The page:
A common complaint for many caregivers of children with Sensory Processing Disorder (SPD) is sleeping issues. I have two children with SPD and both had tremendous struggles with sleep. For my daughter, it was a combination of several factors: she wasn’t able to tune out noises around her, she wasn’t able to calm her body down for rest and, most commonly, she couldn’t ‘calm her brain’ enough so she could fall asleep. The worst part was that most nights, she didn’t have as much trouble falling asleep as she did with staying asleep. And we tried many different methods to help her until we found what worked. My son, however, couldn’t sleep alone and co-slept with me until he was well into Kindergarten, which didn’t help my sleep any.
What I’ve come to realize is that in order to help our ‘sensational’ kids get those precious Z’s, we need to help them calm their busy brains. Think of what it’s like when you have had a very busy day and you just can’t seem to shut it off because ideas/’to do’s’/worries/etc. set in and take over. It’s the same thing for children with SPD, only tenfold as not only are their brains still going, so are their bodies.
The first thing we need to understand is that the brain is in charge of getting our bodies going as well as calming it back down. It sends messages around the body through neurotransmitters that carry both excitatory and calming chemicals during different times so the body knows how to respond to stimuli and when. One of these chemicals is called adrenaline (or epinephrine), which gets the body going. It’s released into the blood stream during ‘fight-or-flight’ moments so we’re ready to respond immediately. Another excitatory, called dopamine, helps us focus and concentrate during stressful times. Although both of these chemicals are important at appropriate times (eg: if we’re in danger, nervous or under stress), for children, especially for those with SPD, it can interfere with functioning.
If excitatory neurotransmitters show up in class, the child will appear restless, anxious and unable to concentrate. And if it’s present during rest or sleep time, it’s no wonder the brain isn’t able to calm the body enough to sleep.
What we don’t realize is that many of the items we consume increase the presence of these excitatory chemicals in the brain causing the child to appear overactive, hyper or other similar symptoms. Kelly Dorfman, M.S., L.N.D. and co-founder of the online resource Developmental Delay Resource, says that the six most common dietary excitement inducers include:
- Aspartame – I had no idea that artificial sweeteners are made of amino acid building blocks that stimulate the excitatory neurotransmitters.
- MSG – this is a common additive that enhances flavor in certain foods. It seems to agitate different sorts of arousal receptors in the brain. (Personally, my children and I get severe headaches when we eat foods that contain MSG.)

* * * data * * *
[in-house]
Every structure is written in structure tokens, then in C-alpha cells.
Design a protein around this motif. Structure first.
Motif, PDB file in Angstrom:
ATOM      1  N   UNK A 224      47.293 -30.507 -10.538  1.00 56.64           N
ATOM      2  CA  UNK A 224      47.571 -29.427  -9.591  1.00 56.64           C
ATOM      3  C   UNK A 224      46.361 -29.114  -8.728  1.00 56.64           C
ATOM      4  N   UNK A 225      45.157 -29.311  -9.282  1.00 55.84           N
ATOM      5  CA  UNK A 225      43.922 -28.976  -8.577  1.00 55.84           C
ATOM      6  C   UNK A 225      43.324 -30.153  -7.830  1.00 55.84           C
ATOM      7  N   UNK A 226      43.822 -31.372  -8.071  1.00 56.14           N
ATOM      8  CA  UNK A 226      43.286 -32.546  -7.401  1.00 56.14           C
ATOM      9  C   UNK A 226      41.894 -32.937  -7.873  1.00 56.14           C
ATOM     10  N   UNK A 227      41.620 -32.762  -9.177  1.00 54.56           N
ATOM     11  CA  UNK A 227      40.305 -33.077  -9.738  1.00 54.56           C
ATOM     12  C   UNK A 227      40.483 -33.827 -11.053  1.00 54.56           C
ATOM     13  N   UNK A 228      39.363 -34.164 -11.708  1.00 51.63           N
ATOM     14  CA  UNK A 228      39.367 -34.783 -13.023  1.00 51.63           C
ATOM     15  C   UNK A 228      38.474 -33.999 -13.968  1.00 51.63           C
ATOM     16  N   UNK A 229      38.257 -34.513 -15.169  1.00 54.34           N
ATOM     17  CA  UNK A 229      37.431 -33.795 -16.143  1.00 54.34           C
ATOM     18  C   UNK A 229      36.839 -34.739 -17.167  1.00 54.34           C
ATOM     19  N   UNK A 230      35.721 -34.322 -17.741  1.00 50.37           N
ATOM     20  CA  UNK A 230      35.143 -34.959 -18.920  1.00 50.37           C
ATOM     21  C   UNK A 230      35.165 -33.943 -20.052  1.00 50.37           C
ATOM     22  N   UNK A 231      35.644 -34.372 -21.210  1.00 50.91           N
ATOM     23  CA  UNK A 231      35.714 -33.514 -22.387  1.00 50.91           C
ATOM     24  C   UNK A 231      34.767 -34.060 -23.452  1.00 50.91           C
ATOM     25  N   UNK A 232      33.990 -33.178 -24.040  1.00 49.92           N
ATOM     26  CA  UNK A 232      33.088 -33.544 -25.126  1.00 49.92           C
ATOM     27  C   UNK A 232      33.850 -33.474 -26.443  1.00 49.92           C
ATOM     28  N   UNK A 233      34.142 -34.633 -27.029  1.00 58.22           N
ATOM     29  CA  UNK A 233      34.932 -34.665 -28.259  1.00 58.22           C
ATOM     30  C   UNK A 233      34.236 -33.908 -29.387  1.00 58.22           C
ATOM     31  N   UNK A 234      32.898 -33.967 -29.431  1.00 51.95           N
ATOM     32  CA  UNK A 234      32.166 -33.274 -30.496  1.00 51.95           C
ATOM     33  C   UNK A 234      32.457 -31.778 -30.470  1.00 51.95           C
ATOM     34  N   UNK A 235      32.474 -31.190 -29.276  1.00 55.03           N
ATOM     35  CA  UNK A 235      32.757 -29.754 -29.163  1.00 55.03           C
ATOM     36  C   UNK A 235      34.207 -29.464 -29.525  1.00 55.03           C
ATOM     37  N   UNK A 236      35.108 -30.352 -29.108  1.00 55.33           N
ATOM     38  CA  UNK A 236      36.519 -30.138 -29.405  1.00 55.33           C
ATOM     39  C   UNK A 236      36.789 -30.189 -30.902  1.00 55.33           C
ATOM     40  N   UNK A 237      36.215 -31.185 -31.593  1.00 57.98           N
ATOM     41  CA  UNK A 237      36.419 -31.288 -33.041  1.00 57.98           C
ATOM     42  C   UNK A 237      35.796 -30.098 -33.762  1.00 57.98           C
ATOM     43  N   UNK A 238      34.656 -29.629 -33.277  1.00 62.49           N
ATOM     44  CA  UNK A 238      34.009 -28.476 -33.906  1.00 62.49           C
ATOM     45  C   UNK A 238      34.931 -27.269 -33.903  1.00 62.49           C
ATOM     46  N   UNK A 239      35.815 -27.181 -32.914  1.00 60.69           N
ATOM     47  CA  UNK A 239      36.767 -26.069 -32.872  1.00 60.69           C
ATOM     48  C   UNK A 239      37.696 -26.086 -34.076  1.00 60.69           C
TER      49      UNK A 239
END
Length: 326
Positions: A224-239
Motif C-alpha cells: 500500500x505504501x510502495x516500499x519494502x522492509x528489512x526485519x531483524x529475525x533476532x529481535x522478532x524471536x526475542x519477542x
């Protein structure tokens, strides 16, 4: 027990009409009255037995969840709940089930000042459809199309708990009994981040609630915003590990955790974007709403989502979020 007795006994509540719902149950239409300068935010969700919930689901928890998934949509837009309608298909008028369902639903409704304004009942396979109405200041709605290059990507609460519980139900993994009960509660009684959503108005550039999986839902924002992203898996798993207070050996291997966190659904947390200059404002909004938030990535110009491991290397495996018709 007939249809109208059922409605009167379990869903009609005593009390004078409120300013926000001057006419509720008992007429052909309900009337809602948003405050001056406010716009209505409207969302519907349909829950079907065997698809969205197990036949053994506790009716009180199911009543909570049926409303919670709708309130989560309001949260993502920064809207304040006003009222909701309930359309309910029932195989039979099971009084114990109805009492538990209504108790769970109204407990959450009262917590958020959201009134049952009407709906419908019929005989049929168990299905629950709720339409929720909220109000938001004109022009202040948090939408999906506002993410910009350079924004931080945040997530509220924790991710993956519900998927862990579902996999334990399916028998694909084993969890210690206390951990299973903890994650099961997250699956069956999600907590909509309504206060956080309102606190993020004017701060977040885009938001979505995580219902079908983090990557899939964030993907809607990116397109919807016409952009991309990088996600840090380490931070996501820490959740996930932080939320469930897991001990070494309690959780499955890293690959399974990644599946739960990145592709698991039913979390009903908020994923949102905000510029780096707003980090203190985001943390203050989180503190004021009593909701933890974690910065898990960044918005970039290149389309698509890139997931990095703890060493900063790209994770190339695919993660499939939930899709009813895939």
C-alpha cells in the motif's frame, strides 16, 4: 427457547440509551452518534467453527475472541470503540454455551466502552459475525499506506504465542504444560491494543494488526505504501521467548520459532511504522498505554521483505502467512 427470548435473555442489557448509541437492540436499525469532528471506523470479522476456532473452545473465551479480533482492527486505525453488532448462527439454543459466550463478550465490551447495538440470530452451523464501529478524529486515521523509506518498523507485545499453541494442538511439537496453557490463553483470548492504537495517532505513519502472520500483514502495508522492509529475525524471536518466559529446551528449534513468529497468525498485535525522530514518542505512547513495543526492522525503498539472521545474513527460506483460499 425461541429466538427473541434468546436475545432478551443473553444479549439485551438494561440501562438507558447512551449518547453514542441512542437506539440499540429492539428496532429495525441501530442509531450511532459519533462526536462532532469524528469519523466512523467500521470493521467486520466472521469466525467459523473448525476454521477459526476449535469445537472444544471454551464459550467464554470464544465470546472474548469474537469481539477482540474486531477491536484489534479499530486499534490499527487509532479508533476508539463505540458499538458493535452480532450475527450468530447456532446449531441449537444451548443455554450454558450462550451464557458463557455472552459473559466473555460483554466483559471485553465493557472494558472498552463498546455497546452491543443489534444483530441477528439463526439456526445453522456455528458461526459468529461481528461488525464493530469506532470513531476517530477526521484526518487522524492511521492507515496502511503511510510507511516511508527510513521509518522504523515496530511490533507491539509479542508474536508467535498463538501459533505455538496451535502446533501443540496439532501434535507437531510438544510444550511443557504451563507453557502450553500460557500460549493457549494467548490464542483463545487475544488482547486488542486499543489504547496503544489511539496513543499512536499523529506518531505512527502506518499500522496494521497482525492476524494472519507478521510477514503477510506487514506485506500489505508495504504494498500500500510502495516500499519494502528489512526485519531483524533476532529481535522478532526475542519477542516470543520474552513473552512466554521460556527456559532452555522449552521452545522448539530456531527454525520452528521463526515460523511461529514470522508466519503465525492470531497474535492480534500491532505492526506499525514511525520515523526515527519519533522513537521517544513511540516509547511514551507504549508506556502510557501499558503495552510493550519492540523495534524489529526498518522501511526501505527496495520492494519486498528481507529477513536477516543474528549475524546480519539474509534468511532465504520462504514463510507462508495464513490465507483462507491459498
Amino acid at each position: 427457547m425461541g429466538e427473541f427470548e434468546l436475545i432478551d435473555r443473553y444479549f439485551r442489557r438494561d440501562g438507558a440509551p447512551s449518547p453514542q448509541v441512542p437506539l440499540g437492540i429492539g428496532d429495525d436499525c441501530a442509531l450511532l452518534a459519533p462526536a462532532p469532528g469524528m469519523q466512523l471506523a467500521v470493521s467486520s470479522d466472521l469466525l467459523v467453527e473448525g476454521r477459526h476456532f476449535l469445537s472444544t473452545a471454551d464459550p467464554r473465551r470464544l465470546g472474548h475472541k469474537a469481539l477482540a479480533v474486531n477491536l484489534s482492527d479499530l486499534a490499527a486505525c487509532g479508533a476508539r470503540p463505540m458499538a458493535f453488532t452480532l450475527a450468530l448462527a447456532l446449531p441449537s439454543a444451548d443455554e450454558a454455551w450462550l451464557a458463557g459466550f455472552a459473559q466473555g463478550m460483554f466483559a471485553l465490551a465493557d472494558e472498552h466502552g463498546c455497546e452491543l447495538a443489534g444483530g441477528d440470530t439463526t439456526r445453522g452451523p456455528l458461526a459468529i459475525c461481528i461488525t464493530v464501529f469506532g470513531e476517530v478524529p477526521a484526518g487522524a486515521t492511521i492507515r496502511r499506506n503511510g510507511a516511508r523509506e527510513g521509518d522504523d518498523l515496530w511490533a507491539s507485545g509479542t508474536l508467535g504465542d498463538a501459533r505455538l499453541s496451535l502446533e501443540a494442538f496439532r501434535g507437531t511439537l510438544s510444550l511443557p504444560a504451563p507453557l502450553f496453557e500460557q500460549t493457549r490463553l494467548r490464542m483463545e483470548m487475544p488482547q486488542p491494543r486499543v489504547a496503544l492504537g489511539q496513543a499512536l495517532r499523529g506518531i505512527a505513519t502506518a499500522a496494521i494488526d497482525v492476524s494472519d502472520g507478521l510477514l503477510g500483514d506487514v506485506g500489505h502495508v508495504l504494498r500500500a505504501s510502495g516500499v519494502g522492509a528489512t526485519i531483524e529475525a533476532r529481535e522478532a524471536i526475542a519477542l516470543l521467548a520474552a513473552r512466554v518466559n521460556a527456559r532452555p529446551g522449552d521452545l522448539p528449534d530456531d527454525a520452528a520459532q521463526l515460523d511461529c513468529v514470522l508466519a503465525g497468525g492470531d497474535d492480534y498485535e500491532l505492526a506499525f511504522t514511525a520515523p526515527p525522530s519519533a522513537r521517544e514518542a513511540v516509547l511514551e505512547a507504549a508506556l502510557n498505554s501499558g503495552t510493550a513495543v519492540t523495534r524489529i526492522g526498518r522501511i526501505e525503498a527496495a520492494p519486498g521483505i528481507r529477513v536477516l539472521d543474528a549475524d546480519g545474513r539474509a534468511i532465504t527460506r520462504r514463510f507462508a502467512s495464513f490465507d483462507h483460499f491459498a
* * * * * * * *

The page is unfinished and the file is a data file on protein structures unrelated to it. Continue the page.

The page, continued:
- Artificial colors – these mess with the liver’s detoxification system.
- Unidentified allergens – cause inflammation and chemical reactions. Dorfman states that the immune and nervous systems talk to each other and when the immune system is stressed, it can send ‘get going’ or ‘stop’ signals to the nervous system.
- Too much sugar – sugar turns into instant energy for children.
- Caffeine – gets the body going and can be ‘hidden’ in many different foods.
It would seem logical, then, that the first step in helping our kids sleep better is to eliminate the above excitement inducers. After that, Dorfman suggests adding the following supplements that can help quiet the brain:
- a) Magnesium. Many children are deficient in magnesium, which is an element that helps to induce muscle relaxation as well as to inhibit the neurotransmitter acetylcholine (an excitatory). A child over the age of two should have a dose of between 100 to 300 mg.
- b) Essential Fats. These fats are the base of brain structure. Research has shown that a deficiency in these precious fats can induce hyperactive symptoms. Increasing foods that have high omega 3 and 6 (like flaxseed or salmon) and/or adding an essential oil supplement can help with calming.
- c) GABA (short for gamma-amino butyric acid) is a calming neurotransmitter. It can help to decrease muscle tension and, in larger doses, induce drowsiness. Dorfman suggests between 300 – 600 mg, but up to 1000 mg can be used in children over 13. It’s also important to have vitamin B6 as it’s necessary to breakdown and use both GABA and magnesium.
It’s not an easy road to help your child calm his brain—we are still in the initial process of eliminating toxic and excitatory triggering foods. If you do things the natural route, before reaching for drugs, by removing the ‘exciting’ chemicals from the diet and using supplements known to quiet the most excited brain, you’ll be well on track to sleep-filled nights.
Calming the Brain, by Kelly Dorfman, M.S., L.N.D., DDR Co-Founder [Initially published in New Developments: Volume 5, Number 1 – Summer 1999]